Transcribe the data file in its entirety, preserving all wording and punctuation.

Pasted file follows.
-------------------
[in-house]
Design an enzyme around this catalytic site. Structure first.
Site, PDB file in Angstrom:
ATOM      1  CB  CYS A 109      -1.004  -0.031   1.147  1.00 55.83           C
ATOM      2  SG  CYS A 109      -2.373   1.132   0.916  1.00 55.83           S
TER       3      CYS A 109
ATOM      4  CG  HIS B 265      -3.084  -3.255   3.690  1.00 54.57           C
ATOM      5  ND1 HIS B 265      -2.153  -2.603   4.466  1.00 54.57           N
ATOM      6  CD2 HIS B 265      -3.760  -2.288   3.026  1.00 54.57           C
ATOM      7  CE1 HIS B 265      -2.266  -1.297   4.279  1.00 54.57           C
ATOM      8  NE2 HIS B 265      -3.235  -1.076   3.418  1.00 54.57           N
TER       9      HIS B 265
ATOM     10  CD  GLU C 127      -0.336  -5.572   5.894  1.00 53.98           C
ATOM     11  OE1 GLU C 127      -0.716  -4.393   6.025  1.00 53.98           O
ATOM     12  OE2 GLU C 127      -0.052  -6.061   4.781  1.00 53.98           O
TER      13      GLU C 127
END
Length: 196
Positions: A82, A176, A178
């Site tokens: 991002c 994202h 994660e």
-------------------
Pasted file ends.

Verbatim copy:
[in-house]
Design an enzyme around this catalytic site. Structure first.
Site, PDB file in Angstrom:
ATOM      1  CB  CYS A 109      -1.004  -0.031   1.147  1.00 55.83           C
ATOM      2  SG  CYS A 109      -2.373   1.132   0.916  1.00 55.83           S
TER       3      CYS A 109
ATOM      4  CG  HIS B 265      -3.084  -3.255   3.690  1.00 54.57           C
ATOM      5  ND1 HIS B 265      -2.153  -2.603   4.466  1.00 54.57           N
ATOM      6  CD2 HIS B 265      -3.760  -2.288   3.026  1.00 54.57           C
ATOM      7  CE1 HIS B 265      -2.266  -1.297   4.279  1.00 54.57           C
ATOM      8  NE2 HIS B 265      -3.235  -1.076   3.418  1.00 54.57           N
TER       9      HIS B 265
ATOM     10  CD  GLU C 127      -0.336  -5.572   5.894  1.00 53.98           C
ATOM     11  OE1 GLU C 127      -0.716  -4.393   6.025  1.00 53.98           O
ATOM     12  OE2 GLU C 127      -0.052  -6.061   4.781  1.00 53.98           O
TER      13      GLU C 127
END
Length: 196
Positions: A82, A176, A178
């Site tokens: 991002c 994202h 994660e």